Close this search box.

Cowboy Caviar


Who knew Texas’s Cowboy Caviar was such a hot topic! Some say it’s a type of Mexican salsa or pico de gallo while others claim that it was Helen Corbitt who invented it. She was a New Yorker who had moved to Texas in the 1940s—and was later Neiman Marcus’s food service director. She made the dish for a New Year’s party, using black-eyed peas (symbolizing good luck for the new year) in a red wine vinaigrette, and served it with tortilla chips, jokingly calling it “Texas caviar.” It has since evolved on the internet to be- come a free-for-all, adding any kind of beans, pineapple, mango, sliced black olives, sweet pickled jalapeños . . . the list goes on and on. Whatever you call it, it’s a definite crowd pleaser even if people have gone wild with the ingredients. Here is my latest take inspired by the original salad. – Darlene Schrijver 


  • Ice water
  • 3⁄4 cup (175 ml) diced red onion (1⁄4-inch/6-mm pieces)
  • 1 cup (240 ml) diced Roma tomatoes, or substitute what looks best at the market (1⁄4-inch/6-mm pieces)


  • 1 tablespoon (15 ml) pressed garlic
  • 1⁄4 cup (60 ml) avocado oil
  • 3 tablespoons (45 ml) red wine vinegar
  • 1 tablespoon (15 ml) agave syrup
  • 1 teaspoon (5 ml) fresh lime juice
  • 1 teaspoon (5 ml) chili powder
  • Flaky sea salt and freshly cracked black pepper


  • 2 cups (475 ml) cooked or rinsed and drained canned black-eyed peas
  • 2 cups (475 ml) cooked or rinsed and drained canned black beans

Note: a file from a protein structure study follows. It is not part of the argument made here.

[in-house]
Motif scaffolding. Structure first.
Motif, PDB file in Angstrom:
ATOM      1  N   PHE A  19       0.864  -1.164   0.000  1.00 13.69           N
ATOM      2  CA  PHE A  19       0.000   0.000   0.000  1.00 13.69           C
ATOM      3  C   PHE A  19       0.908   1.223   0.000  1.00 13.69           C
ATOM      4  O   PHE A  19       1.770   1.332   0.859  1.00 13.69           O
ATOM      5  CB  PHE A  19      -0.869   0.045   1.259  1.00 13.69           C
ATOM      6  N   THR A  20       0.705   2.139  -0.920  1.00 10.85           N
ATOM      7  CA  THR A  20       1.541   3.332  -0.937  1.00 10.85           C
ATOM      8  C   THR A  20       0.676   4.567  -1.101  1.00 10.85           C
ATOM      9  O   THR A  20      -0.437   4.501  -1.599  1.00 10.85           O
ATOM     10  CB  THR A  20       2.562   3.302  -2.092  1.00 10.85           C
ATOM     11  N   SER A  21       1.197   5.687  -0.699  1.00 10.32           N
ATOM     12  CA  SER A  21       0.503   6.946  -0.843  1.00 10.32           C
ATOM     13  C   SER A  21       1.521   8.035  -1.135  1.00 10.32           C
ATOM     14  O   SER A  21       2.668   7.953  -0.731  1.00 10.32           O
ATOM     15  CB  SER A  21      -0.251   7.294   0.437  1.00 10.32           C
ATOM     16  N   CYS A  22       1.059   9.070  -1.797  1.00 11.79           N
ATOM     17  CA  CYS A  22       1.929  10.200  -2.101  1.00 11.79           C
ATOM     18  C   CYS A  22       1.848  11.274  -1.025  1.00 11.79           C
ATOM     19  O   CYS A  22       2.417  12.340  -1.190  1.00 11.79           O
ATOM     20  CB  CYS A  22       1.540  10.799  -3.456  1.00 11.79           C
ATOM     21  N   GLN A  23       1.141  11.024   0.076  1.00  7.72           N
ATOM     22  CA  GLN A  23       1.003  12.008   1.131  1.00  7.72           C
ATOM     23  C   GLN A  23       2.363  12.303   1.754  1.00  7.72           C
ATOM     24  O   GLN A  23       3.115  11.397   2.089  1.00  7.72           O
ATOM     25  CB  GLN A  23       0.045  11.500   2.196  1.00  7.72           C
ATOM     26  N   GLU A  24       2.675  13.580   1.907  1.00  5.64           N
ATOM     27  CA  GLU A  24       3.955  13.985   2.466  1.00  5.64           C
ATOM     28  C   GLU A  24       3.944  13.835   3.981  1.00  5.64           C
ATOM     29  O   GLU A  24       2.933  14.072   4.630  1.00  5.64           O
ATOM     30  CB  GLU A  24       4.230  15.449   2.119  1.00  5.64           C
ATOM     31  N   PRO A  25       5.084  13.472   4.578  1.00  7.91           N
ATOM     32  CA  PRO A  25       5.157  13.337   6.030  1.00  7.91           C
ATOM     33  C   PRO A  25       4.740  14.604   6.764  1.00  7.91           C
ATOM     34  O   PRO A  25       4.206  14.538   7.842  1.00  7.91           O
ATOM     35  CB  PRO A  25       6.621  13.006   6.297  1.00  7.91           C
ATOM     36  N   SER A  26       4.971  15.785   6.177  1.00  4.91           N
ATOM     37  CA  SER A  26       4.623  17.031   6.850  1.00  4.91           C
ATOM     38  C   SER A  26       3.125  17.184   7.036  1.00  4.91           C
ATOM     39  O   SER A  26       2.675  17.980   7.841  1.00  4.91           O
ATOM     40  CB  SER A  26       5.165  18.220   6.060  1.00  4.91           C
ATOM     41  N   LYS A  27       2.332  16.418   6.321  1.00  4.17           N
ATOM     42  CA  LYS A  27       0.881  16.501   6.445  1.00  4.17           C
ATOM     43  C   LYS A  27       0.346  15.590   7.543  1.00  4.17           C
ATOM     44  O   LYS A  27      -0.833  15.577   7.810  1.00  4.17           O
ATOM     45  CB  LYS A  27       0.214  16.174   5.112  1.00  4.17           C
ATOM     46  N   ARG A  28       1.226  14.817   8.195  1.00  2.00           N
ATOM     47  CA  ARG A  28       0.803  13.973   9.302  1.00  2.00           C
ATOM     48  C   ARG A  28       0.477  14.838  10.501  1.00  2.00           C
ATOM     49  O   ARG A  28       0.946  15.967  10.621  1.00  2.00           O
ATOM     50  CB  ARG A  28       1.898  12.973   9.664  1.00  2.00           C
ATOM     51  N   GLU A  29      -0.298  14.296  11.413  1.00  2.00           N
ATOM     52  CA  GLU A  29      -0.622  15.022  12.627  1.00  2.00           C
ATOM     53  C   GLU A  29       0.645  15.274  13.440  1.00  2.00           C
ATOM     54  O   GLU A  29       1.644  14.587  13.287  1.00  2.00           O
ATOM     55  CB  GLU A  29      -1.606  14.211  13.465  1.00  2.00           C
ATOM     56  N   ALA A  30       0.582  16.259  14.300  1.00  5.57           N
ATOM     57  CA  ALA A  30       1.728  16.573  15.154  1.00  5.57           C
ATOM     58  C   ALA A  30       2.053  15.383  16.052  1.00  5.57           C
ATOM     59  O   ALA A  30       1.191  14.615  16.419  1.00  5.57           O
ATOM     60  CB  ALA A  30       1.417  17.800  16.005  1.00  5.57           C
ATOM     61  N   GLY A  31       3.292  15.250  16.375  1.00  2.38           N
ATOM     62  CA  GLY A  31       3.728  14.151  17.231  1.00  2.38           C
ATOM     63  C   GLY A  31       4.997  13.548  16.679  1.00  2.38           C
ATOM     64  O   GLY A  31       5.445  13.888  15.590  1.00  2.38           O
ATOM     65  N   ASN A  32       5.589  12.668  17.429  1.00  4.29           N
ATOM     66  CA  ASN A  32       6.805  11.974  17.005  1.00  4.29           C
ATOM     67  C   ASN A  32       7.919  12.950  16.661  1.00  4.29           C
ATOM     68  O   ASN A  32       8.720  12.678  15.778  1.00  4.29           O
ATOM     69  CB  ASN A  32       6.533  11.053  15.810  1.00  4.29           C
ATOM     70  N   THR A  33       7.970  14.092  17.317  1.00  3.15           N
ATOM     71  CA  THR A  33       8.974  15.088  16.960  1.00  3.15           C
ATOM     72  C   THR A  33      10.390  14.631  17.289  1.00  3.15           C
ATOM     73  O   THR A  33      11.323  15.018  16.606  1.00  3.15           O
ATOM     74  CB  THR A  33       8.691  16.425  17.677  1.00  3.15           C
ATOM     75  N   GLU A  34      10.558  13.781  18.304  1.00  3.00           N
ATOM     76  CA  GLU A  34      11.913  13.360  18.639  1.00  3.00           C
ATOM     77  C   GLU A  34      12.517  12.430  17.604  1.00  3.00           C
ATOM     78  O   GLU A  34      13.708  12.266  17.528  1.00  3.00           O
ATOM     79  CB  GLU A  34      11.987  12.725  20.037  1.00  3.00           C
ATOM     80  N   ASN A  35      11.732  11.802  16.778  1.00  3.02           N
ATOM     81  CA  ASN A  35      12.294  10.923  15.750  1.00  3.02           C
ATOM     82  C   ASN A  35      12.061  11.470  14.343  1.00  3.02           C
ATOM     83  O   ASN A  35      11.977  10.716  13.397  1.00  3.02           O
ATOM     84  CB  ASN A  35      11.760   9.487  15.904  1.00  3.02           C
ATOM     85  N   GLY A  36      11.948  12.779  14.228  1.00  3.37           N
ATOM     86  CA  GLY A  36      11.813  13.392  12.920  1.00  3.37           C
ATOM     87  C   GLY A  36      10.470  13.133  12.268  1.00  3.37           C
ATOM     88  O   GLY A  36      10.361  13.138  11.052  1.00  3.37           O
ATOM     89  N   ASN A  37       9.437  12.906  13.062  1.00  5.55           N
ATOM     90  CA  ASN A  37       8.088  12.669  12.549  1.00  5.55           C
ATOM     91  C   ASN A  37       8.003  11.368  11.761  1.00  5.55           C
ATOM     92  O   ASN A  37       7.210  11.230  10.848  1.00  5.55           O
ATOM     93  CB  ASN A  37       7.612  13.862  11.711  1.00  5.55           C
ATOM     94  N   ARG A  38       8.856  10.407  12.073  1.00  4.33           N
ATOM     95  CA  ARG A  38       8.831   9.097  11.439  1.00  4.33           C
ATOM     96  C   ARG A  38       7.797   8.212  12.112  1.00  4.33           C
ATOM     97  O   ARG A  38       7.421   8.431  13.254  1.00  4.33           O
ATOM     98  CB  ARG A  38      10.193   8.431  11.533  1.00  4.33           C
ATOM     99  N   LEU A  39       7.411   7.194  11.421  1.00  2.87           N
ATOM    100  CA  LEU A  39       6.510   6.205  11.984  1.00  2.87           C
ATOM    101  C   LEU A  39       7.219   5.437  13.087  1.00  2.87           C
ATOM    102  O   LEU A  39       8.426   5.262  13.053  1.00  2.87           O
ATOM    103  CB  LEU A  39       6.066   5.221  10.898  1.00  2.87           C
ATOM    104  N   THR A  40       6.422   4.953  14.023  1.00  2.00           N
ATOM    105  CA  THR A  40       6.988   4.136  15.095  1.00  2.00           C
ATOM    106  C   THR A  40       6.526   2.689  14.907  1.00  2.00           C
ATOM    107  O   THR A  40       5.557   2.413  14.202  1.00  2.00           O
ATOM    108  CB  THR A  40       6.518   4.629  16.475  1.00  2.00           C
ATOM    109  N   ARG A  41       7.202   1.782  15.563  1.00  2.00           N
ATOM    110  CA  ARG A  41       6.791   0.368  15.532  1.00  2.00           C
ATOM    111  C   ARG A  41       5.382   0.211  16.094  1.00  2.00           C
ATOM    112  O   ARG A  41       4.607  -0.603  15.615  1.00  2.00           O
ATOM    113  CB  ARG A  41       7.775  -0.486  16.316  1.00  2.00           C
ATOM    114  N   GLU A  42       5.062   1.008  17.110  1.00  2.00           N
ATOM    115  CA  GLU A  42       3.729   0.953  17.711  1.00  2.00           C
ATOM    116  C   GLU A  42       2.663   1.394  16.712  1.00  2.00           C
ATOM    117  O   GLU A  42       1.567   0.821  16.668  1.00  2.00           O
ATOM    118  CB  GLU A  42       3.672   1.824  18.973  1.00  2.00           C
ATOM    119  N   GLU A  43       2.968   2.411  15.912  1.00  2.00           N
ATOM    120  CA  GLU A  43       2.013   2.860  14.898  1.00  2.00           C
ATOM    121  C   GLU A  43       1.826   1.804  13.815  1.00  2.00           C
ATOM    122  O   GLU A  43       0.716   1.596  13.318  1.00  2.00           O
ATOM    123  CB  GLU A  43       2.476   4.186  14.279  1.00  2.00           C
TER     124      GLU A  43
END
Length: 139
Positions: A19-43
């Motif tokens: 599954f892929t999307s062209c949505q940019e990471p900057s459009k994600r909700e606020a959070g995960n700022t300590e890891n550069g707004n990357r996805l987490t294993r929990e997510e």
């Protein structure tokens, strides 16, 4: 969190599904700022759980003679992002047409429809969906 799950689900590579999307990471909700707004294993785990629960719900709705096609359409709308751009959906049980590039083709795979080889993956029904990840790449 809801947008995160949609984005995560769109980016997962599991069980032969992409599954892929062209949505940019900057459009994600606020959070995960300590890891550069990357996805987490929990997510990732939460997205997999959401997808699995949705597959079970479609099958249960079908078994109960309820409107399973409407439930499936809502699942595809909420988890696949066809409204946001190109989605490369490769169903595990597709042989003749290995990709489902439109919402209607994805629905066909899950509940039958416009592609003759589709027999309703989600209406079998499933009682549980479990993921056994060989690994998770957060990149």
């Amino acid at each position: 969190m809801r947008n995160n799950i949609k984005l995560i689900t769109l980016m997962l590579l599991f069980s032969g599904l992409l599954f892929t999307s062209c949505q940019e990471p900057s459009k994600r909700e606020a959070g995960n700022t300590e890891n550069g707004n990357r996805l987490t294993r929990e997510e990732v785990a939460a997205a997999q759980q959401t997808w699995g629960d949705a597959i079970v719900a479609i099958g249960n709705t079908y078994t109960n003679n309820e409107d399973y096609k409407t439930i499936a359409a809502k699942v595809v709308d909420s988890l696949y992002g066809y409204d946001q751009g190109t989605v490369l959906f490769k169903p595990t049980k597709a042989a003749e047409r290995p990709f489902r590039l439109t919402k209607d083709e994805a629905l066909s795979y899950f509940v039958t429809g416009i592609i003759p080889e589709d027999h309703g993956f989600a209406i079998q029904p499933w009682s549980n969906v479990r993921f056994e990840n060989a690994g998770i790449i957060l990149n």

• 2 cups (475 ml) raw sweet or thawed frozen corn kernels
  • 1 cup (240 ml) peeled and diced jicama (1⁄4-inch/6-mm pieces)
  • 1 cup (240 ml) finely chopped fresh cilantro
  • 1 cup (240 ml) diced avocado (1⁄4-inch/6-mm pieces)
  • 3⁄4 cup (175 ml) finely crumbled Cotija cheese
  • 1⁄2 cup (120 ml) diced red bell pepper (1⁄4-inch/6-mm pieces)
  • 1⁄2 cup (120 ml) diced yellow or orange bell pepper (1⁄4-inch/6-mm pieces)
  • 1⁄2 cup (120 ml) diced green bell pepper (1⁄4-inch/6-mm pieces)
  • 1⁄2 cup (120 ml) chopped scallions (green parts only)
  • 3 tablespoons (45 ml) very finely diced seeded and deveined fresh jalapeño
  • 3 tablespoons (45 ml) very finely diced seeded and deveined fresh red Anaheim chile
  • 8 cups (1,900 ml) thick tortilla chips, for serving


Fill a 500-ml beaker or a small glass bowl halfway with ice water and add the onion. Soak for 10 minutes, then drain and pat the onion dry. Place the tomatoes in a colander and gently press down with a spoon to drain off excess liquid.


Rinse the pressed garlic in a very fine mesh strainer and shake off any excess water. In a huge salad bowl (at least 17 inches/43 cm in diameter if possible), combine the garlic, oil, vinegar, agave, lime juice, and chili powder and season with salt and pepper. Whisk until well combined, then taste and adjust the seasoning if needed.


In the bowl with the dressing, add the black-eyed peas, black beans, corn, jicama, cilan- tro, avocado, cheese, red bell peppers, yellow peppers, green peppers, scallions, jalapeño, Ana- heim chile, tomatoes, and onions. Toss until all the ingredients are evenly combined and coated with dressing. The salad can sit for up to a couple hours (and the flavor will get even better); just remember to stir it occasionally. Serve with the chips on the side.


I’m having it with a rosé, agua fresca, or a giant glass of water.

You may also like…

Sweet honey, herbaceous rosemary, and hot chiles form a love triangle that’s also the perfect foil against the rich, creamy Brie and texture of...
Purslane Salad recipe from Chrissy Tracey's cookbook, Forage & Feast
When it comes to party appetizers, I have a few guiding principles. First, they should be easy to make (especially when there is an...